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Report: U.S. pet industry worth $55 billion in 2013

Close to two-thirds of households in the United States own a pet. Nearly two decades ago, the United States pet industry was valued at just $17 billion. This year, the U.S. pet industry is now estimated to be worth roughly $55 billion.

Most of the costs associated with owning a pet is food ($21 billion), veterinarian care ($14 billion) and supplies ($13 billion). These numbers are projected to rise with each passing year. Essentially, this is a substantial market and there is plenty of room to make money and find new opportunities.

Last year, Inc. magazine published a list of the best pet industries to be involved in. The list consisted of pet funerals, luxury grooming, hotel suites for pets, online retail, bricks-and-mortar pet stores, eco-friendly products and pet technology. One aspect of the industry that was (surprisingly) not included was pet training.

Many big-box retailers offer pet training services – or they recommend certain experts to help train your dog. With the rise of do-it-yourself DVDs, this also includes dog training, such as this site – there are plenty of YouTube videos that provide tips and tricks of how to care for and train a dog (heck, even other animals, such as cats).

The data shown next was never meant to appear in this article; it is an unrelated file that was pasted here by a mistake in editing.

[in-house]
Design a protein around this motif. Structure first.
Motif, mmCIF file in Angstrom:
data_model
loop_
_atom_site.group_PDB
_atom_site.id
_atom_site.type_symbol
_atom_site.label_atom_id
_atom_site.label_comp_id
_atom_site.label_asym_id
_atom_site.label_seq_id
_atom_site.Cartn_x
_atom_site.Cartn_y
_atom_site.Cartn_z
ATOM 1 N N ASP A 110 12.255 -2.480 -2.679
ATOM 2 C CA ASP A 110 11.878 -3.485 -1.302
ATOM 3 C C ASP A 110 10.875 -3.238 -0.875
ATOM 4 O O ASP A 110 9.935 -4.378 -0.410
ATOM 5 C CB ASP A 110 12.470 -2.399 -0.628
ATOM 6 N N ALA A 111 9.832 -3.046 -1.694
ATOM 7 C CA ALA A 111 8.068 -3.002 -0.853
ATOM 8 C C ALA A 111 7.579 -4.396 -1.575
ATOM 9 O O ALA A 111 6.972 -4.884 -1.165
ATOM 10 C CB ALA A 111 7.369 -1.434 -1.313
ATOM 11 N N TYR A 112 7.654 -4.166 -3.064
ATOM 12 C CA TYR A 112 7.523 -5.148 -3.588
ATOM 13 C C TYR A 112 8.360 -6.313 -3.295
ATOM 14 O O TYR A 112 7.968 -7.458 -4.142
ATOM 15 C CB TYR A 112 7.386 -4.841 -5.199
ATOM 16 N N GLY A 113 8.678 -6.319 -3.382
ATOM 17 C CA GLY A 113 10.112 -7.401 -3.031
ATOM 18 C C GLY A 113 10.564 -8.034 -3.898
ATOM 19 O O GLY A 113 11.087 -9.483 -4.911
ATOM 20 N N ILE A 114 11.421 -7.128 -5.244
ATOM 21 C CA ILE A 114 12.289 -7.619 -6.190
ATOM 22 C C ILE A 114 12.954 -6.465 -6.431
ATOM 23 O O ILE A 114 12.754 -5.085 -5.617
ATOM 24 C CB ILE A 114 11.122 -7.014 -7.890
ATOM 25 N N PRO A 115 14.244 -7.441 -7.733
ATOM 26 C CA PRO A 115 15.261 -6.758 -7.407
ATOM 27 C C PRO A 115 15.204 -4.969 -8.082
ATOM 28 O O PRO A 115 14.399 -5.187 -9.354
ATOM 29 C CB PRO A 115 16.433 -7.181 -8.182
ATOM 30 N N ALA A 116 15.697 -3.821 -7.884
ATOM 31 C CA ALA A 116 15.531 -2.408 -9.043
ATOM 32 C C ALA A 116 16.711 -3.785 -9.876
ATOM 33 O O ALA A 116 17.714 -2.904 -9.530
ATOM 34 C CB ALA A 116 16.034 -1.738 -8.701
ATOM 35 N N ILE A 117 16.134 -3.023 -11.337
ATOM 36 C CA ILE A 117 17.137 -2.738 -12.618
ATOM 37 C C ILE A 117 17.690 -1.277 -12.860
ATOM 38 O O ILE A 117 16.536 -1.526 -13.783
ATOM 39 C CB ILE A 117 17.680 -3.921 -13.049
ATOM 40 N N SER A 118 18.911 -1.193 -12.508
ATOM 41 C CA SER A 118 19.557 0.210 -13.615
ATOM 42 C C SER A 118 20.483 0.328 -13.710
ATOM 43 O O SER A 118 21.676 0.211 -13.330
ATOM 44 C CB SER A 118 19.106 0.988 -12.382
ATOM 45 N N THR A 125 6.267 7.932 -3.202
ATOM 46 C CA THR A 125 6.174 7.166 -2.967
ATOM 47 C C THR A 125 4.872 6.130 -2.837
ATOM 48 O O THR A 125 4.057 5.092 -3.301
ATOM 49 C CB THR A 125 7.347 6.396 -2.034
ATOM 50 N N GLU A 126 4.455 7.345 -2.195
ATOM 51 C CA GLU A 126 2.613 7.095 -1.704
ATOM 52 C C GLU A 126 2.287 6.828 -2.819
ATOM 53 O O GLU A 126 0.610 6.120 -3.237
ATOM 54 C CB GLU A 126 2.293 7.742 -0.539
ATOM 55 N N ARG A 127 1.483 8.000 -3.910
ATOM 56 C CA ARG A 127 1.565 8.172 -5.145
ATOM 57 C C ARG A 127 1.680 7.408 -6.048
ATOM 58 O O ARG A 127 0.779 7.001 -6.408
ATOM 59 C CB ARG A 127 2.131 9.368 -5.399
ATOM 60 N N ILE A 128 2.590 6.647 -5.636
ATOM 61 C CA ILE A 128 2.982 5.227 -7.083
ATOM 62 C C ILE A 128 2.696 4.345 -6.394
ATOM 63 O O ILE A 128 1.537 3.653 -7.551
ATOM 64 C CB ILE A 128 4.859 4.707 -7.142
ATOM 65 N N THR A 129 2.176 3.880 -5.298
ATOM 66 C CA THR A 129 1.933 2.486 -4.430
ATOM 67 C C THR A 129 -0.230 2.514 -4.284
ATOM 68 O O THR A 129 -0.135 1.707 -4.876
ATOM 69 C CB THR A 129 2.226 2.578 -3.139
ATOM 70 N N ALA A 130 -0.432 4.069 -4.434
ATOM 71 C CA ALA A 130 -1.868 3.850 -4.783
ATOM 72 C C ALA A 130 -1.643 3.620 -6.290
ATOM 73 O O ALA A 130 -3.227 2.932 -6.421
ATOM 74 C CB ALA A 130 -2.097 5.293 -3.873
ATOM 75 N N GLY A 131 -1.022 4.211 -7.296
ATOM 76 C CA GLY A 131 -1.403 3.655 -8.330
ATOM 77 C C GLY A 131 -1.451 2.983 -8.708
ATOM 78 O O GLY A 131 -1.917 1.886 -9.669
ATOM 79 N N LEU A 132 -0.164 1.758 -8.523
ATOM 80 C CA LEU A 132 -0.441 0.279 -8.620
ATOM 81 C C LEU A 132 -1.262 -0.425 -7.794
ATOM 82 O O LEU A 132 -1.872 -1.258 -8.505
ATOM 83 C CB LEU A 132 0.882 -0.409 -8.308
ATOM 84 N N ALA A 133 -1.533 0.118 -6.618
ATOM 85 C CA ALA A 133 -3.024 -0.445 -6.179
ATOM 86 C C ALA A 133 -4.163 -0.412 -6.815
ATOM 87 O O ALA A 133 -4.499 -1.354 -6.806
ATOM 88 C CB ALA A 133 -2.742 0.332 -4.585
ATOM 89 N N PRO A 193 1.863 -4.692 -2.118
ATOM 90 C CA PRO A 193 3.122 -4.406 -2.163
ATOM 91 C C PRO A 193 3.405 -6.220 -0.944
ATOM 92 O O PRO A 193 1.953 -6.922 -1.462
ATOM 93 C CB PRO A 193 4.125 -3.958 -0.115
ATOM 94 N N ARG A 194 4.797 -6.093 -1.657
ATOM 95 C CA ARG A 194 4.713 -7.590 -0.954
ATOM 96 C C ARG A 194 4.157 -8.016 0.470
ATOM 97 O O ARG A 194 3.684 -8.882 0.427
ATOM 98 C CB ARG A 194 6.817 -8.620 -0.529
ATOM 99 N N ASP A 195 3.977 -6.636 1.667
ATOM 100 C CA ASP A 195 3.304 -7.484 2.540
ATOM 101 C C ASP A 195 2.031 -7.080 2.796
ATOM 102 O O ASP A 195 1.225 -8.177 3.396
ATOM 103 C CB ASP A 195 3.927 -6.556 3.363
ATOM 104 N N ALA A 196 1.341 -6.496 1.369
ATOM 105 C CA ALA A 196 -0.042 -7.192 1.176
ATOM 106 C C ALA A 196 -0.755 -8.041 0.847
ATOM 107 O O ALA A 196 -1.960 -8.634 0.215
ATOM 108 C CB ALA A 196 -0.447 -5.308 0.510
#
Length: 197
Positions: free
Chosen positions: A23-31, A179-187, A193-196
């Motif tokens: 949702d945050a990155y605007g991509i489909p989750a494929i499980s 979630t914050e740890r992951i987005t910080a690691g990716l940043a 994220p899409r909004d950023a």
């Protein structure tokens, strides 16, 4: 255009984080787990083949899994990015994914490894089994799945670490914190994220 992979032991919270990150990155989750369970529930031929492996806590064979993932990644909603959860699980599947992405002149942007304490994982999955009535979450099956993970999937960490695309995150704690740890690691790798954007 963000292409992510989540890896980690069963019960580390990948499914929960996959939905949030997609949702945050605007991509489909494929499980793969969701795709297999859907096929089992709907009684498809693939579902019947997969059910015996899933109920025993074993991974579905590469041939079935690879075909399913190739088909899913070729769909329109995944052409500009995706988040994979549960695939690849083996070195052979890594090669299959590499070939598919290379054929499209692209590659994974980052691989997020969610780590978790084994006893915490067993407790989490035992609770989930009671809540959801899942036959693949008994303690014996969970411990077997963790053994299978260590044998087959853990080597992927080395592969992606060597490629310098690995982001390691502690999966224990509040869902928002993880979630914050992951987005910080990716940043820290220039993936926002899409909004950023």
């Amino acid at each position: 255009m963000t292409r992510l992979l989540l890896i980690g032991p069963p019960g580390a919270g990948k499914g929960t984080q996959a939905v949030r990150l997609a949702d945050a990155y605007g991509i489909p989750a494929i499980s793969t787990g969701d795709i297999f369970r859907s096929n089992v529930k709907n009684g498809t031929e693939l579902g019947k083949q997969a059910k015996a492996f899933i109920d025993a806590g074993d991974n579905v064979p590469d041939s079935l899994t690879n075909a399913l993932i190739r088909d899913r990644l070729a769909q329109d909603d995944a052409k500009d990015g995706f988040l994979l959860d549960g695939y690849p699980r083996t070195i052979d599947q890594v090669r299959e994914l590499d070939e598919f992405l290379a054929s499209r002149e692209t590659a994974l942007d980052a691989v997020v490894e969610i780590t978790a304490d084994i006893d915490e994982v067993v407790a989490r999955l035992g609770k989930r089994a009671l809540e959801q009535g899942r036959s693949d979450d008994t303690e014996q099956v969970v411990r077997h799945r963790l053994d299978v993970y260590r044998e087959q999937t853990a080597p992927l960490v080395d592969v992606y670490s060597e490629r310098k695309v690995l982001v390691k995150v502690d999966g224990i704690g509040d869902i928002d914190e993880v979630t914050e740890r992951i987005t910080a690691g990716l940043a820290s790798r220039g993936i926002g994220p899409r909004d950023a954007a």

Those who are inexperienced in handling a dog, it’s very important to participate in dog obedience training in order to remedy the problems of potty training, aggression, barking and disrespect for the owner. Let’s face it: there are many breeds that are known to be wild, while others are calm, cool and collected.

By ignoring the signs of out-of-control barking, biting and growling, refusing to “come” when commanded or destructive chewing, this can lead to problems further down the road, which isn’t a good thing. Indeed, households want to treat their animals with the utmost kindness, but it’s crucial to have the dog well-behaved.

“Nevertheless, dogs and people are very different animals. Although officially ‘man’s best friend,’ dogs have some innocent but irksome tendencies—like jumping up to greet, barking, digging and chewing—that can make it downright difficult to live with them!” wrote the ASPCA. “To make the most of your relationship with your dog, you need to teach her some important skills that will help her live harmoniously in a human household.”

Remember, owning an animal is more than just giving them a good home, plenty of food and water and exercise, it’s also about bringing the best out of them as possible. Dogs are smart, so show it to the world.

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